And then, with the help of some friends of mine — these friends I call my “kibitzers” — who come in and they read the thing and they basically tell me every single thing they think stinks about it. They’re brutally honest. And my editor did that too. And then for the next year, I revised it and then I revised it again. And then I revised it again — I did four drafts of this 500-page book, ripping up old scenes, adding in new scenes, eliminating characters, adding characters until I thought it was solid. And then for the next three years, that’s when I drew the finished comic. But in those first two years, there wasn’t a single finished panel. It was just the roughs.
Paste: What were some of the elements you tossed out for the final version?
McCloud: For instance, toward the beginning of the story, my protagonist, David, talks about what his struggles are. In the first draft, it was all about feeling overpowered by the skyscrapers of Manhattan and feeling like all these great stone edifices didn’t care about him, he was so anonymous…blah blah blah. There was this whole aesthetic philosophy that grew out of that feeling of impotency. That completely went away because once I had written the story, I knew that was not what the story was about.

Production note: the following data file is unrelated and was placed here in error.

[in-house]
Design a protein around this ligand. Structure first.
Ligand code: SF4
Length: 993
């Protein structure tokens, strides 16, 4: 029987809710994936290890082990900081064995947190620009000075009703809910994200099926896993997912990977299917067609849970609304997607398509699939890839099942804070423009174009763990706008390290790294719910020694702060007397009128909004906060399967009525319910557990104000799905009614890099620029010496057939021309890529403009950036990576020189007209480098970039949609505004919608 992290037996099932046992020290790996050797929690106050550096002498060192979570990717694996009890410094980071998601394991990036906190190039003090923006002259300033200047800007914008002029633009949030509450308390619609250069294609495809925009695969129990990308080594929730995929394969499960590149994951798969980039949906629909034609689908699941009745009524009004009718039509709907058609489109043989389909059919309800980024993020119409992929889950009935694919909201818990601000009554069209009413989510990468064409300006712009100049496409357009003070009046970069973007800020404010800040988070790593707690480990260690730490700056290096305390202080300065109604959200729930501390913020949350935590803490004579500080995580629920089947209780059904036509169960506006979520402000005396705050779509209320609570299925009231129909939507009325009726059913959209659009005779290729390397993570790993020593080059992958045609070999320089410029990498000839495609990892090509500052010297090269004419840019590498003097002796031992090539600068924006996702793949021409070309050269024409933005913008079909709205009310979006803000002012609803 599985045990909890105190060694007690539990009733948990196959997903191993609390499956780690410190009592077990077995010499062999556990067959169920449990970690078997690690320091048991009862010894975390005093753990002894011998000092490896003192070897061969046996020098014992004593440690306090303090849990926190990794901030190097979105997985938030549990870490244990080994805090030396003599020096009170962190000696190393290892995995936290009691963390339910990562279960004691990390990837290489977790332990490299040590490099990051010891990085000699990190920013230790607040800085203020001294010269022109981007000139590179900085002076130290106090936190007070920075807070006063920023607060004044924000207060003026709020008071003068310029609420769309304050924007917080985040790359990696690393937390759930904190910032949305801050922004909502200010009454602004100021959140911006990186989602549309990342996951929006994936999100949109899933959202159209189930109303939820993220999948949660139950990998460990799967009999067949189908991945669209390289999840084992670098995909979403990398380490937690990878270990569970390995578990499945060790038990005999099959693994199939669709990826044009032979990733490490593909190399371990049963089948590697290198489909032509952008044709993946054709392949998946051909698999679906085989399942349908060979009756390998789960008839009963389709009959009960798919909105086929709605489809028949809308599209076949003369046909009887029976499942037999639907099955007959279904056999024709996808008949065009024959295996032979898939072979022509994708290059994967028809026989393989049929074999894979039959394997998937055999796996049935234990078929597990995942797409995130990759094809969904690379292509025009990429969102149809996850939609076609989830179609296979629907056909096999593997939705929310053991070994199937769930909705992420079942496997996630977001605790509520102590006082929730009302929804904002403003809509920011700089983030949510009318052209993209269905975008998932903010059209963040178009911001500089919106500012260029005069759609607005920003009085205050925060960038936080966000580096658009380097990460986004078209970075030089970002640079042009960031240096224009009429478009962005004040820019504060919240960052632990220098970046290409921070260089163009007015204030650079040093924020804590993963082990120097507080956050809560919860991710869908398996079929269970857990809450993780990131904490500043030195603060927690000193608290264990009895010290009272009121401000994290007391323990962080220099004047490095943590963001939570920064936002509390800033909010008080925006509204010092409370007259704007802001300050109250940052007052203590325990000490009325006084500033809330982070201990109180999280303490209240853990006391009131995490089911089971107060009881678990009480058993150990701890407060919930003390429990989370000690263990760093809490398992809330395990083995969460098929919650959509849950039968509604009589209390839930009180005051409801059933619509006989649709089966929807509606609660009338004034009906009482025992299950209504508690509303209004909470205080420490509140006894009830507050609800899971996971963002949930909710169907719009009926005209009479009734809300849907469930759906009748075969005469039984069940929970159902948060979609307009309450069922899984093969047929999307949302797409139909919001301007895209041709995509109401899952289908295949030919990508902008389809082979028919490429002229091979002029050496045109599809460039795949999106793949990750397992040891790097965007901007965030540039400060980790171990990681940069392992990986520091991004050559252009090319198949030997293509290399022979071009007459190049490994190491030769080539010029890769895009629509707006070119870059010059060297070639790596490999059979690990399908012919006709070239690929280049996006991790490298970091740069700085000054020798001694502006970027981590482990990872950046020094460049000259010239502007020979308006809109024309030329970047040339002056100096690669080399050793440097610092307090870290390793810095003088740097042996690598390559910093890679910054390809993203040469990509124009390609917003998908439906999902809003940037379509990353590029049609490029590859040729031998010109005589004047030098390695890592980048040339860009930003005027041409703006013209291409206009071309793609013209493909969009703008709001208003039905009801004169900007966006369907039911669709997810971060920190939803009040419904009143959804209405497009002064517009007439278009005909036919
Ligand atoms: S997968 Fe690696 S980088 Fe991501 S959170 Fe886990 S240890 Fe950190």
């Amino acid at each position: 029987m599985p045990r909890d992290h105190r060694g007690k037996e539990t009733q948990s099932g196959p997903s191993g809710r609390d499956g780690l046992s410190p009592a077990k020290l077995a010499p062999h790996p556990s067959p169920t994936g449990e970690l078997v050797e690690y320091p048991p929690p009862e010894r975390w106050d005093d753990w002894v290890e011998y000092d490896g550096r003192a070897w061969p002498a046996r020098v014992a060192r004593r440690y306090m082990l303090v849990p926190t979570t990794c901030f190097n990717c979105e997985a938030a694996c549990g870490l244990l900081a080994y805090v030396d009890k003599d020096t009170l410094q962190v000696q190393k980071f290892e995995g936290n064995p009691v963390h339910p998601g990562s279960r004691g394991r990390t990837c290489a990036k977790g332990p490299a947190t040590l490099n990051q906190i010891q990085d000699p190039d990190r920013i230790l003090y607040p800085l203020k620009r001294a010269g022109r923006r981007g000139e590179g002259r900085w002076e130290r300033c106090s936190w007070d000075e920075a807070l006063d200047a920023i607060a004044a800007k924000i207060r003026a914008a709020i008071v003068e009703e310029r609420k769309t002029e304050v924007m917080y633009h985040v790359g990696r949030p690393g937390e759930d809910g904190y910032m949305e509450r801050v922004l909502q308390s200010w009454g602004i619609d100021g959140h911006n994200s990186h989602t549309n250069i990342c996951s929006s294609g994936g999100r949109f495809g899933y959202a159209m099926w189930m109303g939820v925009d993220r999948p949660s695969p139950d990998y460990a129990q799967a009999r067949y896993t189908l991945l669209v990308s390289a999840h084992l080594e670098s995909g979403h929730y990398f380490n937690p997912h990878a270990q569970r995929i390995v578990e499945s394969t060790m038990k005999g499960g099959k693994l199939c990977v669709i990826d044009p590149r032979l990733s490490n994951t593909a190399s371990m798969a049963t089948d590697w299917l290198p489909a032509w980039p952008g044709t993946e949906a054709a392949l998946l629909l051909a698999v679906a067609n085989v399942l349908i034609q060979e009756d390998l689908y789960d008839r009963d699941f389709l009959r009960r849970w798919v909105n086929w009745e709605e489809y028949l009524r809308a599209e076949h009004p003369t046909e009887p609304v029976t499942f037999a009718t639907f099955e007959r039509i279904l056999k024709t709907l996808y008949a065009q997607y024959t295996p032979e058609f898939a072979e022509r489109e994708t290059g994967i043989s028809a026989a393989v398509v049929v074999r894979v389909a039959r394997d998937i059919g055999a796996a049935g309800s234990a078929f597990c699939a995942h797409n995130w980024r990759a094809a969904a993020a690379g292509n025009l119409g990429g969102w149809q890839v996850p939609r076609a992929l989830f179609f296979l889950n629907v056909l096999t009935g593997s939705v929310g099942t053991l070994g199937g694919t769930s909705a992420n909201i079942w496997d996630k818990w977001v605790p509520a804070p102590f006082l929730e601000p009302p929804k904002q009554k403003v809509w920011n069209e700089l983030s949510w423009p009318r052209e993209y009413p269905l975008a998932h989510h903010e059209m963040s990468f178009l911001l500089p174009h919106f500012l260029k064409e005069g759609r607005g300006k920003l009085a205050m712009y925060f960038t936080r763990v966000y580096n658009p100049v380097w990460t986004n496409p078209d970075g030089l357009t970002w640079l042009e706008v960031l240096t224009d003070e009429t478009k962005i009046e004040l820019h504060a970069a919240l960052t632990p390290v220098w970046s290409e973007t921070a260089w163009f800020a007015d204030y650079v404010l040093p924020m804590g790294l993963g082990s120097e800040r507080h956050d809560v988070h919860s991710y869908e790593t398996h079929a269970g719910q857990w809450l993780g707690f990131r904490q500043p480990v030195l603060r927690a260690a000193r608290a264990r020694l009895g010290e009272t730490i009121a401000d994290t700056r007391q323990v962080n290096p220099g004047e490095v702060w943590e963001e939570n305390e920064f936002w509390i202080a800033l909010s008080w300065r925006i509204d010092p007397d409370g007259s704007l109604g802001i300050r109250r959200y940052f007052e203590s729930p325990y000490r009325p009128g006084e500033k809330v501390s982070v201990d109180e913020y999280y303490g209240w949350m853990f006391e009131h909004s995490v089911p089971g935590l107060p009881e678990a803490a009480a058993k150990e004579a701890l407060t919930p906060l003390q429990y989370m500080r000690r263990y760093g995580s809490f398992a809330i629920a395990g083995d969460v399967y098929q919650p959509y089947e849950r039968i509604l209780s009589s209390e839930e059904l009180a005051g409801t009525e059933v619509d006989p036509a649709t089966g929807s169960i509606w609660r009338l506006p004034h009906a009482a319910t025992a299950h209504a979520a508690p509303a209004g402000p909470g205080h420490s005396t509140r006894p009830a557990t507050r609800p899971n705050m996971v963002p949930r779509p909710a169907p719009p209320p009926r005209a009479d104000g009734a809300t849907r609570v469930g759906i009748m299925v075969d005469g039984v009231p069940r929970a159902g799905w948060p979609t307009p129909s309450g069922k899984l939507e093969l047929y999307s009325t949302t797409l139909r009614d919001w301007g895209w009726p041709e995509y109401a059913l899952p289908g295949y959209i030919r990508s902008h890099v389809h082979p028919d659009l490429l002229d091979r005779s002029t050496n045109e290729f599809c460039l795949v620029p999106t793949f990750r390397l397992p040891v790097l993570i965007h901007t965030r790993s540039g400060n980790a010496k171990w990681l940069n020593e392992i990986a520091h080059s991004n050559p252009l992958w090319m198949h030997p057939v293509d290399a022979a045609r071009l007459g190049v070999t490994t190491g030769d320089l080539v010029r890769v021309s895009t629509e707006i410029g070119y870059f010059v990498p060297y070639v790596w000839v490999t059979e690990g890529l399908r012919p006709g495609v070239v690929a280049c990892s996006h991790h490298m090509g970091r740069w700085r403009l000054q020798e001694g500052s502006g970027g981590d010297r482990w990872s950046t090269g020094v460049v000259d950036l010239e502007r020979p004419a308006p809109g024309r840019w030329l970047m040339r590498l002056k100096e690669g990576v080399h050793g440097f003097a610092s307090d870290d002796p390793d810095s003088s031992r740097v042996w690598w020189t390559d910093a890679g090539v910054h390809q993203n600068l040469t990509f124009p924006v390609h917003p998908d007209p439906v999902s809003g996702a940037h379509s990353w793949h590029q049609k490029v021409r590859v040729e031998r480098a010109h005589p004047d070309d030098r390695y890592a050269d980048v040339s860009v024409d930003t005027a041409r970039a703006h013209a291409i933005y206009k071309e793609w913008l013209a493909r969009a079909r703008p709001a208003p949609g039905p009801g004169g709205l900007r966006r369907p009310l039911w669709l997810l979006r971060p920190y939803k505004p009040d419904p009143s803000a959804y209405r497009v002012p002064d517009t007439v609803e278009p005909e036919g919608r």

And so it was time to find a way for his struggles to have something to do without those themes. The real themes are more about that terror of being forgotten, and the fact that we all get forgotten. So now he has the dream where the whole city is being tipped on its side by a giant hand and everybody is sliding down into oblivion. The idea that we’re all sliding down into oblivion — that is connected to the themes of the book. But you have to finish that story to really understand what it’s about, and now you know what belongs and what doesn’t belong. You start to rip up the floorboards and start over. The first draft of everything is shit, just like Ernest Hemingway said.
Paste: There are so many panels in The Sculptor that reinforce the atmosphere — it all feels very New York City. Did it take you long to establish that feel? And those last scenes where David’s life is flashing before him in cascading tiny panels….
McCloud: [Laughs] You want a counter on how long that took? It took a very long time.
Paste: That scene was almost a comic within itself. I feel like anyone else might have vouched for a double-page spread.